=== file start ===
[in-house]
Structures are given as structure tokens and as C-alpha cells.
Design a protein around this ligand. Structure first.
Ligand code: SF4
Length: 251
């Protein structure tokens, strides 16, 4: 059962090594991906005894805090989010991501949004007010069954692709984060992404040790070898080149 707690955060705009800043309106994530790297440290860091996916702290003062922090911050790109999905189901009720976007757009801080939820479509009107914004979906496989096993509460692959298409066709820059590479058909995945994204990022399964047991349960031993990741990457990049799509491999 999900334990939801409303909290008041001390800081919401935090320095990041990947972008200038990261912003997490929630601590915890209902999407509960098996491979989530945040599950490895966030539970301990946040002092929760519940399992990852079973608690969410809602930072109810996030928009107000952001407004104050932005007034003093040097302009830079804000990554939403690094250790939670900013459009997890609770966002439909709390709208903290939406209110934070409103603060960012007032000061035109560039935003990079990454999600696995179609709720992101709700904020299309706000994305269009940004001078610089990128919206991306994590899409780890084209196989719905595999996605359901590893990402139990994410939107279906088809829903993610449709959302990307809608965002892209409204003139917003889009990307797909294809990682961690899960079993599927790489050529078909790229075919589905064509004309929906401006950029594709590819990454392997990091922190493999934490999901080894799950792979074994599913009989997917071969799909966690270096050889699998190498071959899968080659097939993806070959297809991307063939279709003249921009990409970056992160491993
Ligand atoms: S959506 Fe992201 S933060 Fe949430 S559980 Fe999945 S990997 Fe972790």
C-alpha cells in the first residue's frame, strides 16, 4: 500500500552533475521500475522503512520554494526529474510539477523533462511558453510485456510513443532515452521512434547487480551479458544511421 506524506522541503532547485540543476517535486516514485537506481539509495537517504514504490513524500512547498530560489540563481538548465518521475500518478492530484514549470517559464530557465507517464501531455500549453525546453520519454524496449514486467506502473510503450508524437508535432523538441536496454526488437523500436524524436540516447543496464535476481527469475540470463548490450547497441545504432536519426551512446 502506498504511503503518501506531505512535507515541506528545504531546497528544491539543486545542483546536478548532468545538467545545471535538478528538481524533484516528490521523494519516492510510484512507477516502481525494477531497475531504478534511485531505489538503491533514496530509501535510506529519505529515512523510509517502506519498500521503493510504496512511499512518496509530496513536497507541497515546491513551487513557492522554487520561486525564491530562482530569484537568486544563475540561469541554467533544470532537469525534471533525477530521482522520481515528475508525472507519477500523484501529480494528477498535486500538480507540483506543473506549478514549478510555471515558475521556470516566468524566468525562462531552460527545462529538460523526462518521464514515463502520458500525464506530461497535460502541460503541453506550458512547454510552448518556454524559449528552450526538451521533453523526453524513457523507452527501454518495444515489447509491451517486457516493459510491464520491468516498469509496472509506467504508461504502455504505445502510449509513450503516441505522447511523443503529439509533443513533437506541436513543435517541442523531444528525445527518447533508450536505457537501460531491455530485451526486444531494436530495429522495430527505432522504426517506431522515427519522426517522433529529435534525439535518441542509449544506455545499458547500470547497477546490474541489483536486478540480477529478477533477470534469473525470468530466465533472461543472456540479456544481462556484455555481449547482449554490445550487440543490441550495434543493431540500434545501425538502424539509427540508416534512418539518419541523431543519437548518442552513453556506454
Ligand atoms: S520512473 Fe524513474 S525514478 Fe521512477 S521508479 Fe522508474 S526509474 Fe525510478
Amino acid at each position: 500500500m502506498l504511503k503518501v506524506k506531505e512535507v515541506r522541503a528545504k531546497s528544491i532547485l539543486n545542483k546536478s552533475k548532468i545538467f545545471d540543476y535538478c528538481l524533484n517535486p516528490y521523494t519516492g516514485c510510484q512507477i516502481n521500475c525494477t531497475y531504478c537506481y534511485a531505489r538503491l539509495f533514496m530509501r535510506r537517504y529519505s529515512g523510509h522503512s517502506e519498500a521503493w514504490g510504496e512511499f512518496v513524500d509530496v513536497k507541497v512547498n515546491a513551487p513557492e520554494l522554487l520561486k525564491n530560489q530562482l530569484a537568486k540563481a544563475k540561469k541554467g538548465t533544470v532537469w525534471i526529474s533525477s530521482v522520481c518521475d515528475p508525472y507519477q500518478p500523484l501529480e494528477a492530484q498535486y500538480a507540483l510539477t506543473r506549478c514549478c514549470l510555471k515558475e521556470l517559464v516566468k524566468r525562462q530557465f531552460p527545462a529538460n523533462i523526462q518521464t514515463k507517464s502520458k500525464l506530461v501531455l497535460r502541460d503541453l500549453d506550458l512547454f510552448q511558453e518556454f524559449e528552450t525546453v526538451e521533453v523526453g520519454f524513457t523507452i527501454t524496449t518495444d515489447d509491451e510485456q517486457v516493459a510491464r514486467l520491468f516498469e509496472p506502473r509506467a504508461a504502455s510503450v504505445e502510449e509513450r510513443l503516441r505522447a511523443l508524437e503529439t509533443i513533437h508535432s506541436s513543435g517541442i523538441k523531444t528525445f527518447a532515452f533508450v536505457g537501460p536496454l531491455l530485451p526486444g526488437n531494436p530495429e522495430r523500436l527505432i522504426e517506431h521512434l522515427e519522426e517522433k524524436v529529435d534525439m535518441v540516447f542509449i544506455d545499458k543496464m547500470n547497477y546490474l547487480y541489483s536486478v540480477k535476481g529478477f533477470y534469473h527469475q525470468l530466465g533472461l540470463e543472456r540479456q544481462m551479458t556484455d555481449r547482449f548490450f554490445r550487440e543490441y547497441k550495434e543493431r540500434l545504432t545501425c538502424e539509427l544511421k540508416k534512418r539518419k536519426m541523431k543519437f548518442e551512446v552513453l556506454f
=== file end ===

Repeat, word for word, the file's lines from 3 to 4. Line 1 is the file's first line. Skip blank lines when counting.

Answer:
Design a protein around this ligand. Structure first.
Ligand code: SF4